But, he noted, it wasn't out of the question that the record could be broken this year, thanks to the El Niño.

This climate phenomenon is a periodic warming of the water in the tropical Pacific Ocean, accompanied by changes in air pressure and winds that can influence weather worldwide. Weather service officials have said it could last into spring.

"So," said Moore, "it's possible we could get another (snow event) all the way into March."


The latest snow predictions result from the low pressure storm system that was approaching North Texas from the west, said Dennis Cavanaugh, also of the weather service.

The approaching upper level system, Cavanaugh explained, will "induce a southerly flow" of moist air that will fuel the precipitation.

But, he added, a cold front that rolled into the region late Sunday afternoon had already put a deep chill on the atmosphere Monday.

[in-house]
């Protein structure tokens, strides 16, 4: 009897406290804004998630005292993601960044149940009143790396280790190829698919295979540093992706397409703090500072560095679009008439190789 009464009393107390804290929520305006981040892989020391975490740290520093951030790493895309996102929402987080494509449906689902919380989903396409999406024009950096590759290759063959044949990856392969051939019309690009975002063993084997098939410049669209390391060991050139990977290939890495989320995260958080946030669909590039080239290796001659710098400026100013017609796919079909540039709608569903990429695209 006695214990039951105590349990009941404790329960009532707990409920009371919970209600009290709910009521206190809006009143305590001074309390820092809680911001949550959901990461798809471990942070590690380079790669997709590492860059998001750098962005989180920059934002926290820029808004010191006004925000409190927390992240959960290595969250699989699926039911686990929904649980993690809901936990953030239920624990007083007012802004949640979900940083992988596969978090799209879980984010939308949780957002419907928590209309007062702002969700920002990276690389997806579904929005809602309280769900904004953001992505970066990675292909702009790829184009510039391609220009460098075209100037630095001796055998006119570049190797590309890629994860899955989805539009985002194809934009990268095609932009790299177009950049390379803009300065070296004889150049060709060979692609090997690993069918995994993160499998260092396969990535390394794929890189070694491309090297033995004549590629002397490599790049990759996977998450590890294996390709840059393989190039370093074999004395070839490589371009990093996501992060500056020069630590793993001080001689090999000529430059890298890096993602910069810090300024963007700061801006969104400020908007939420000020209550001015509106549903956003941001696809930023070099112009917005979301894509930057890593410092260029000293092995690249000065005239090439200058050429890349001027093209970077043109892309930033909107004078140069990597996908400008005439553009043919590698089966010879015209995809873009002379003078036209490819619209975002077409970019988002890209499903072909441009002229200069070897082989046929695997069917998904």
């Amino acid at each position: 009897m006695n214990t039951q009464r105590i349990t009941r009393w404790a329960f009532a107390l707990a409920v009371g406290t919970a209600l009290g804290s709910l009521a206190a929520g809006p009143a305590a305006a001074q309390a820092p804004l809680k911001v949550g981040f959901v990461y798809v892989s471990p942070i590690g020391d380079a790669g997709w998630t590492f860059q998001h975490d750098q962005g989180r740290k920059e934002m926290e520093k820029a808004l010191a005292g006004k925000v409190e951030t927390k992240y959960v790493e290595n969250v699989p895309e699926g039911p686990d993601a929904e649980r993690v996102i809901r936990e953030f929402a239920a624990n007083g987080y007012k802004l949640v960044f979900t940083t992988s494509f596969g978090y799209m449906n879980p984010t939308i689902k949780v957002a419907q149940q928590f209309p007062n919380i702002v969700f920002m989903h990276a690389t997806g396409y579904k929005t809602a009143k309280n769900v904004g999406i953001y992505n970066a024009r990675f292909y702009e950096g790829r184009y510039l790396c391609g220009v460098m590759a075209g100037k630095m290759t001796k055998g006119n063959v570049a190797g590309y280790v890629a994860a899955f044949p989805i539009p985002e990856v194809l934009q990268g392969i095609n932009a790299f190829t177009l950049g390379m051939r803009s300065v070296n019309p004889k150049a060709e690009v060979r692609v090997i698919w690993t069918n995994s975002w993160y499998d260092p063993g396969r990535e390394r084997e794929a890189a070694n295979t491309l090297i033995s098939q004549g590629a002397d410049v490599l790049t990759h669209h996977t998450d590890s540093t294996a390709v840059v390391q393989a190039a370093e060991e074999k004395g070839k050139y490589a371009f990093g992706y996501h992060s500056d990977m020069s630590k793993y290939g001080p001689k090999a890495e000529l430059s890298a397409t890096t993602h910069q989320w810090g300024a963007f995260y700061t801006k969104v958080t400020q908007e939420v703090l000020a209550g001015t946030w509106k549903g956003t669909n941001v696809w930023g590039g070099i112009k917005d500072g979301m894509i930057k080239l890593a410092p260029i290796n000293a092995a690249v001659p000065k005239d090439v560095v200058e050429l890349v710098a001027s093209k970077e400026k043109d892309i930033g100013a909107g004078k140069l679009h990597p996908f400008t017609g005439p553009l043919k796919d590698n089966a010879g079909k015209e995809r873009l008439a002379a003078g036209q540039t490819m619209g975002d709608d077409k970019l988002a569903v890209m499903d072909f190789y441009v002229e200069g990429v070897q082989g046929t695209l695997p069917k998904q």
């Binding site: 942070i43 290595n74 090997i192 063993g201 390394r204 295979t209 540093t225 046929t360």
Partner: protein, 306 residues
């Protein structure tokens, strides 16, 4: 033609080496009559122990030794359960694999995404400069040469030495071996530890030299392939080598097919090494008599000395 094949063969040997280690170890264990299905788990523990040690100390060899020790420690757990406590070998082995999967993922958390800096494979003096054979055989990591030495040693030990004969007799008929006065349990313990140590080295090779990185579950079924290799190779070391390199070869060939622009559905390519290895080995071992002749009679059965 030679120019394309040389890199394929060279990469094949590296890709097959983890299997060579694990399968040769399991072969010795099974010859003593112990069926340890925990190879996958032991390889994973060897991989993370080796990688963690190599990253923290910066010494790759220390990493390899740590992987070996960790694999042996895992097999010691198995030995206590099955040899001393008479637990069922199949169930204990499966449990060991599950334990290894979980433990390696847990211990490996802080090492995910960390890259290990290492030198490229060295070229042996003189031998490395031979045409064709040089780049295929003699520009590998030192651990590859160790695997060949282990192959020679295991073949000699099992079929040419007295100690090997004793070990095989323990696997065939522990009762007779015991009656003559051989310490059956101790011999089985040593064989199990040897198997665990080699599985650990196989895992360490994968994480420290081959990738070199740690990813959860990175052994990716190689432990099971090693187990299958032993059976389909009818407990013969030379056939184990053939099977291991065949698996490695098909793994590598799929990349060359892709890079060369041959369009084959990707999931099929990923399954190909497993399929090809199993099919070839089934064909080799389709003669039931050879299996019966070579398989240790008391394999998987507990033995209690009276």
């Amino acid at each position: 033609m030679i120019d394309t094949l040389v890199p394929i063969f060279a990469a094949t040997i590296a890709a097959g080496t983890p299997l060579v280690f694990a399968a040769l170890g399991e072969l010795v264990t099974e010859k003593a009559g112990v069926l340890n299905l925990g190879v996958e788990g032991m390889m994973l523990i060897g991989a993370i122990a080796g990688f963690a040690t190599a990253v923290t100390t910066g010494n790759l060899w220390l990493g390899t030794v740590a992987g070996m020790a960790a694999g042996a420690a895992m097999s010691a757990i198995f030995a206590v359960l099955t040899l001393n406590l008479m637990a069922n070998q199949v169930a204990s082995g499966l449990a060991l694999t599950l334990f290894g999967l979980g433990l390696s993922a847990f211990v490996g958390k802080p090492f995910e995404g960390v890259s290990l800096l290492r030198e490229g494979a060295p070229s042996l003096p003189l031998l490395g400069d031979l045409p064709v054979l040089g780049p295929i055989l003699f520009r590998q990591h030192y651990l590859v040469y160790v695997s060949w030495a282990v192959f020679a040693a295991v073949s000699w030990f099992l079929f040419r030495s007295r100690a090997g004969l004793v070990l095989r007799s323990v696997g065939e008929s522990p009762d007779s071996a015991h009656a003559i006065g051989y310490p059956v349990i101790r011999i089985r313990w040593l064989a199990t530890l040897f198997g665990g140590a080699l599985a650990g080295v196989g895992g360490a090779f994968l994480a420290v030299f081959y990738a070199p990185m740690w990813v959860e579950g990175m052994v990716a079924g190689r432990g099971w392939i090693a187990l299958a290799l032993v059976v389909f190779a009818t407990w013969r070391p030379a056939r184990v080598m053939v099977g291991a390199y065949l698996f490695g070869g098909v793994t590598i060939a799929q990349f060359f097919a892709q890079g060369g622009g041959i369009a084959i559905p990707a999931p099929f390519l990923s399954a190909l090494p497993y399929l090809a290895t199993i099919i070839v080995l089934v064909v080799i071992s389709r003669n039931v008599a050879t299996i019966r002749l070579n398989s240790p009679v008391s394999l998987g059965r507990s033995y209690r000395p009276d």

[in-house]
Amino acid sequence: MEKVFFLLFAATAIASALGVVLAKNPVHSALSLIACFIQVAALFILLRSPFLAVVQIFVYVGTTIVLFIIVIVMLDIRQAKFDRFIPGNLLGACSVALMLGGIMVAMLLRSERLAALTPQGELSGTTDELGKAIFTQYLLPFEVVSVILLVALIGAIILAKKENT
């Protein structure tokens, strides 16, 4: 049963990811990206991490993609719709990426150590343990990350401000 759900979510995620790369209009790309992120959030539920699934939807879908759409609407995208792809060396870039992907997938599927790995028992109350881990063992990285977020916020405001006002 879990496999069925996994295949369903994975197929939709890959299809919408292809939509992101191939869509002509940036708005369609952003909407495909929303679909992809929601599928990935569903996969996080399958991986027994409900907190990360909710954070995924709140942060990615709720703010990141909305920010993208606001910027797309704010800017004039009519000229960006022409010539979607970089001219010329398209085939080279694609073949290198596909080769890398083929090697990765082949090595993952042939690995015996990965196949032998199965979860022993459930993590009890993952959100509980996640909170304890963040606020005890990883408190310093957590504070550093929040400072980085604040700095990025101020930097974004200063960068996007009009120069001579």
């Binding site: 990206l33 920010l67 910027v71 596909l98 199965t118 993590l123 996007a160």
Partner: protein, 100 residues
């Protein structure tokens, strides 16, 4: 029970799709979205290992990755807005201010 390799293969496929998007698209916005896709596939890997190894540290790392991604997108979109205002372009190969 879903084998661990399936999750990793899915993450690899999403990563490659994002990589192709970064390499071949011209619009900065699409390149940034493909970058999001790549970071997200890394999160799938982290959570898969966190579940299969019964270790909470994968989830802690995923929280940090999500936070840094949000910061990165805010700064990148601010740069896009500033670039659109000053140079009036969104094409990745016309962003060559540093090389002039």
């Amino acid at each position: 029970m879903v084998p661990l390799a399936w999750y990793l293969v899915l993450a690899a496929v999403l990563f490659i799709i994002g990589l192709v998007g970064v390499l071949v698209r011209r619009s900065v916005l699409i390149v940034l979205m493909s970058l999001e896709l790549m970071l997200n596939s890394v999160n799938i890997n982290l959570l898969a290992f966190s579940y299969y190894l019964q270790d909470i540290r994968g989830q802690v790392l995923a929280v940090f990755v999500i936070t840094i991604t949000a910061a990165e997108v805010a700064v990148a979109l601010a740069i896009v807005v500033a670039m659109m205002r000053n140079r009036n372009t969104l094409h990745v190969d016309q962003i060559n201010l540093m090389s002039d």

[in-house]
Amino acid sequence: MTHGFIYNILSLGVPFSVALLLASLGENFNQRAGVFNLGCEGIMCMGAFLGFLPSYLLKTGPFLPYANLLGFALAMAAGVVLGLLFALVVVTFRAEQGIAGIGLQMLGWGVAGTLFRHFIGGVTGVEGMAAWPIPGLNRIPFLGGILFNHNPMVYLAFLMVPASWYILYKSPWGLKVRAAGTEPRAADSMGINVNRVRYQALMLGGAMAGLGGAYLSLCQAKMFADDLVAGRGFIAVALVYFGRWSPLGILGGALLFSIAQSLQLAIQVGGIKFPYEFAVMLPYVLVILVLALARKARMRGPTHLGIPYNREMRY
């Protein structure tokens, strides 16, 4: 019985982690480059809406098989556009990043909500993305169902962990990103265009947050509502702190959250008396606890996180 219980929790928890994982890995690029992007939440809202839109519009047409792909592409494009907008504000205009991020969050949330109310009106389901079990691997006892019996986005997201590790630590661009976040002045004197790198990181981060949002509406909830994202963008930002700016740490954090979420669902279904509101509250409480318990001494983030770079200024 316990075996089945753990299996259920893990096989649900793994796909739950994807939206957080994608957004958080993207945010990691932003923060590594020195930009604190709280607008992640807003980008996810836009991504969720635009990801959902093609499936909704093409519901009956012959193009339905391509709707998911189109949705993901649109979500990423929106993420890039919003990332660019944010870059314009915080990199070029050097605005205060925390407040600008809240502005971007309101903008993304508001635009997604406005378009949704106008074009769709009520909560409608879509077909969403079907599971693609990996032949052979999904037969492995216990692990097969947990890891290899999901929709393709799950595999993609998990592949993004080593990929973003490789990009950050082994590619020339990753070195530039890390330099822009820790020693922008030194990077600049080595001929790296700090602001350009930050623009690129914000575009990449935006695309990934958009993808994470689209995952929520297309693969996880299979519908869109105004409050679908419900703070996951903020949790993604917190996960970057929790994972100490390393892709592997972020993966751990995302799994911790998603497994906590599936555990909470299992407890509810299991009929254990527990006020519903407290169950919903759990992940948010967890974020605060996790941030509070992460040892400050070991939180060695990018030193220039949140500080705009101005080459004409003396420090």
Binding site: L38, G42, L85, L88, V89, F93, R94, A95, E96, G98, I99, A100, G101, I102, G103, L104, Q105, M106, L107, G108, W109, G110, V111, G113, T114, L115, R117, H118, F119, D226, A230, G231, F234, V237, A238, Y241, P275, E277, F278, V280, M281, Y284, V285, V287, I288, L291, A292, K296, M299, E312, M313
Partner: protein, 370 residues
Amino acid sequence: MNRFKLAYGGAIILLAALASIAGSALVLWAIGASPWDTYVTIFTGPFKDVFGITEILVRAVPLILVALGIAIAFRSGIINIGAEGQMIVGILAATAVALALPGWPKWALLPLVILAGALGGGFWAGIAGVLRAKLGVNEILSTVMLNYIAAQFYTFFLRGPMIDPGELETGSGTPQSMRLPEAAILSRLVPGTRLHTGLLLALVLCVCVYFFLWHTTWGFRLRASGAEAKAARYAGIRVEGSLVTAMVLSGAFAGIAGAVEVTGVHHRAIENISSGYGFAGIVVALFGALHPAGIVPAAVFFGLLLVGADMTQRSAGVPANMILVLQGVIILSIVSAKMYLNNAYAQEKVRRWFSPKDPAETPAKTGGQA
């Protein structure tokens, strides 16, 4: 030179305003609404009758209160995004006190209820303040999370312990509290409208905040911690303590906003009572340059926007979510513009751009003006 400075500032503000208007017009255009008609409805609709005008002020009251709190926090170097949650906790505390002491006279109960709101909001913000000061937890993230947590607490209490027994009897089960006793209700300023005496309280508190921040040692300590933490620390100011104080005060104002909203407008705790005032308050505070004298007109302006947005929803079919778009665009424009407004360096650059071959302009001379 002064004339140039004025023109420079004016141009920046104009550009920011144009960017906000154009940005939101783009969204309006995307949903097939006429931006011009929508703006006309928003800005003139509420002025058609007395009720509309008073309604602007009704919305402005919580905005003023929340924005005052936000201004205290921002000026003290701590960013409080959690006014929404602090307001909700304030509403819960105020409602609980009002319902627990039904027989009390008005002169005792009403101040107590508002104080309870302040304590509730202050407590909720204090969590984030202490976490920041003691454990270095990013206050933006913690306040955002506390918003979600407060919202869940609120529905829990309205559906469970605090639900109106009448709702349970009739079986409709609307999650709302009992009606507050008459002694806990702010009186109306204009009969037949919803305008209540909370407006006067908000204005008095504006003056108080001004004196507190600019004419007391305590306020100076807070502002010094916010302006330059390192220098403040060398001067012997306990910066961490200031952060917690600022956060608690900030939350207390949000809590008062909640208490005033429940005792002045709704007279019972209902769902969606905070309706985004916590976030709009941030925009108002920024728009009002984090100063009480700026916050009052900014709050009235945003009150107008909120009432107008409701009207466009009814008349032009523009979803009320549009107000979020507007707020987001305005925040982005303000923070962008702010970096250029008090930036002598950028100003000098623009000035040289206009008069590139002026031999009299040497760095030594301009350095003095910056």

The cold air will help create "snow as opposed to rain" when the storm system arrives, Cavanaugh said.

The colder temperatures were quite noticeable Sunday night, considering DFW Airport recorded 65 degrees at 3 p.m. The mercury at midnight was down to 40, according to the weather service.

Snow on Tuesday could accumulate on grassy areas in North Texas, but it could stack up elsewhere depending on the storm's intensity, Cavanaugh said.

But, he noted, the amount of snow accumulates in North Texas will depend on the storm system's intensity.

"If we get an inch over 6 hours, it won't do much," Cavanaugh said.


Officials said Tuesday's snow will be the sixth major winter weather event this season.

Highlights include the Christmas Eve storm, which brought 3 inches of snow to Fort Worth, and the Arctic Blast of 2010 during the first week of January.